Trump sworn in as 45th president as thousands watch from National Mall

WASHINGTON — President Donald Trump was sworn into office as the 45th president of the United States at noon Friday as a stage full of dignitaries gathered on the West Front of the Capitol and thousands of people crowded on the National Mall to watch the ceremony.

Trump’s inaugural address described a dark vision of the country and its woes, but the new president said a united America is “totally unstoppable.” Trump said he’ll rebuild America’s roads, bridges, airports and railways by following “two simple rules: buy American and hire American.'”

Trump said the inaugural oath “is an oath of allegiance to all Americans” and said the country will share “one glorious destiny.”

You can see the updates from the inauguration, the parade, Trump’s remarks, protesters and more on WTOP’s inauguration live blog.

The skies were cloudy and it drizzled briefly during Trump’s address. The large crowds gathered on the mall cheered Trump’s appearance on the dais and he flashed a thumbs-up sign before the swearing-in.

The crowds did not appear to reach the massive numbers that gathered for President Barack Obama’s 2009 inaugural and D.C.’s Metro system said it recorded many fewer trips than during Obama’s two inaugurations.

Protesters were seen in force throughout D.C. Friday, clashing with inauguration attendees and committing some acts of vandalism. Police confirmed arrests of a large group of protesters in downtown D.C. Friday afternoon after shop windows were smashed. Police used pepper spray to quell the crowd. Photos on social media also showed a limousine with its windows smashed.

Friday afternoon, a large group of protesters gathered near Franklin Square on K Street again clashed with police. Protesters smashed a few car windows, and set trash cans and a limousine on fire. As of early afternoon, D.C. police confirmed more than 90 protesters had been arrested.

Outside a security checkpoint near the National Mall, a parade of protesters and Trump supporters shouted at each other, but many attendees didn’t seem interested in sparking abrasive exchanges.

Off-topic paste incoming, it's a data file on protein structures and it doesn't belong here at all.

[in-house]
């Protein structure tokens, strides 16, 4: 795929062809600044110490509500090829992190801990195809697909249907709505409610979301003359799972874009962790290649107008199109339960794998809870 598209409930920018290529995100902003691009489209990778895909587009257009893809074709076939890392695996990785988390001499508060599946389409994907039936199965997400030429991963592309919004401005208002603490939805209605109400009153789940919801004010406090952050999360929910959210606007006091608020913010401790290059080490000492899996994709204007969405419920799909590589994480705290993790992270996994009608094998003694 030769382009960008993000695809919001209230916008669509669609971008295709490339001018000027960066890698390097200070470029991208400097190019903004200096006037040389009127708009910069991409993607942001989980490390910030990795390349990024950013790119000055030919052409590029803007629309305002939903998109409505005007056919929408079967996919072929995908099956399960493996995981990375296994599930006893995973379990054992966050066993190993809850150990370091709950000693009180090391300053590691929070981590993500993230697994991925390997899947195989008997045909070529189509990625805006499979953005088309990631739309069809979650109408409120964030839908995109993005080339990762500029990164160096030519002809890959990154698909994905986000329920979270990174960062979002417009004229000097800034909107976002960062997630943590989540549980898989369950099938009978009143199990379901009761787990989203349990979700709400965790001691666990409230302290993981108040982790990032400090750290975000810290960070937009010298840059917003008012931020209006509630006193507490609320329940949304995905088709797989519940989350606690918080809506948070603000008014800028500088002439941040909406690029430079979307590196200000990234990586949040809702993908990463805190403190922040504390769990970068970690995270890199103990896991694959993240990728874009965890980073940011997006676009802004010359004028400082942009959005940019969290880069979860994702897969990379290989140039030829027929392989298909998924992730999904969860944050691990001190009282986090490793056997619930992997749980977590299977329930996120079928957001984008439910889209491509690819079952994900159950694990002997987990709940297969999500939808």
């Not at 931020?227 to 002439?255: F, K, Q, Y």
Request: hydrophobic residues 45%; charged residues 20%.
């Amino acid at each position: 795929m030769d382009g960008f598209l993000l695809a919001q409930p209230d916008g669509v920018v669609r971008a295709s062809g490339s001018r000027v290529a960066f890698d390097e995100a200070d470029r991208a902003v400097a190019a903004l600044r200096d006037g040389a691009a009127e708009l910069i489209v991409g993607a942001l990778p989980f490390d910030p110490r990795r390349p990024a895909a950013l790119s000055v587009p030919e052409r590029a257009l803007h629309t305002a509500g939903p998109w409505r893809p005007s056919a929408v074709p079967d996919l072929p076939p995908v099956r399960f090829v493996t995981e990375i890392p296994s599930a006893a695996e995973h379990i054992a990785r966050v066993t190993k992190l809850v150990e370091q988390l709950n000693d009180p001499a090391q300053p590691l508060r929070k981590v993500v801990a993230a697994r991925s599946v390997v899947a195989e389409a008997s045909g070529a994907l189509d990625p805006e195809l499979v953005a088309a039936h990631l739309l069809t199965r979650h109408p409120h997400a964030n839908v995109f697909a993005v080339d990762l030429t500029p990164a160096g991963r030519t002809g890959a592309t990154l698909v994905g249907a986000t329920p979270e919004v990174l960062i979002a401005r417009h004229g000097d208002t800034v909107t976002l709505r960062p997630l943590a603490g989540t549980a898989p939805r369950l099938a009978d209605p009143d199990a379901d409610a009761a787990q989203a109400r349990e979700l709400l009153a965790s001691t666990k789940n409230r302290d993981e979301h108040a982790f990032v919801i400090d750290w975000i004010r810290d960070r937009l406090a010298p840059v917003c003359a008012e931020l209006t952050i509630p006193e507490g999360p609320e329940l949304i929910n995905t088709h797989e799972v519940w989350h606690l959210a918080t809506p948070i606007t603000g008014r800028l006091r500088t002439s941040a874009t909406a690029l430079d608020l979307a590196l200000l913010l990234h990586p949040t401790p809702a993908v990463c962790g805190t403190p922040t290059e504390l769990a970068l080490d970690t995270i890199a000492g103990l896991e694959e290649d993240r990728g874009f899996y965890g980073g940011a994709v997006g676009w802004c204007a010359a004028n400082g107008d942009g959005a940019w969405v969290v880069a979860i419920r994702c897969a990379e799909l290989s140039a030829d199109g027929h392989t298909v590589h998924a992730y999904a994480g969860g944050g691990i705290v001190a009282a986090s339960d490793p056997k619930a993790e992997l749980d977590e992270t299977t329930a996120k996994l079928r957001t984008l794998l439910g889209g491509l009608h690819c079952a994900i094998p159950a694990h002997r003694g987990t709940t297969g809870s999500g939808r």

“I’ve never gotten in anyone’s face at all today; no one’s gotten in my face or attacked me at all. So, it’s very respectful,” one man said.

Despite the smaller crowds compared to 2013 and 2009, there were significant chokepoints at the security access points where some visitors reported waiting more than an hour in line before the inaugural ceremonies.

“I just wish the logistics were a little better. It already took four and a half hours to get in,” said John Peterson, who was trying to get onto the mall Friday morning for the inauguration ceremony.

There were moderate crowds seen at downtown Metro stations Friday morning.

In a tweet at 11:30 a.m., D.C.’s Metro system said it had recorded about 193,000 trips as of 11 a.m. That’s about on par with the number of Metro riders for President George W. Bush’s second inauguration in 2005. In 2013 during President Barack Obama’s second inauguration, the system had recorded about 317,000 trips and during Obama’s record-setting 2009 inauguration, the system had recorded 513,000 Metro trips by 11 a.m.

Revelers also crowded along Pennsylvania Avenue for the inaugural parade, which kicked off Friday afternoon.

Following with tradition, Trump and first lady Melania Trump briefly exited their vehicle along the parade route to wave to watchers and supporters.

“It’s awesome. Security’s a little tight, but that’s OK,” said one man, waiting along the parade route. “We’re getting through it. So, just terrific.”

The man said it took him and his brother about 90 minutes to get through security. But “we wanted to come and support our new president and see the festivities. We’ve never been here before to see this.”

Mixed in with the crowd were some protesters holding signs reading “no hate.”

“I think it’s pretty straightforward,” the protester holding the sign said. “I think the rise of Trump was greatly fueled by hatred, racism, misogyny.”

Elsewhere along the parade route, a Trump supporter who lined up early along the parade route to get a front-row spot along the metal crowd-control barrier, said: “He’s going to make America great, and we really believe that, you know. We need a change.”

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Jack Moore

Jack Moore joined as a digital writer/editor in July 2016. Previous to his current role, he covered federal government management and technology as the news editor at, part of Government Executive Media Group.

Rick Massimo

Rick Massimo came to WTOP, and to Washington, in 2013 after having lived in Providence, R.I., since he was a child. He's the author of "A Walking Tour of the Georgetown Set" and "I Got a Song: A History of the Newport Folk Festival."

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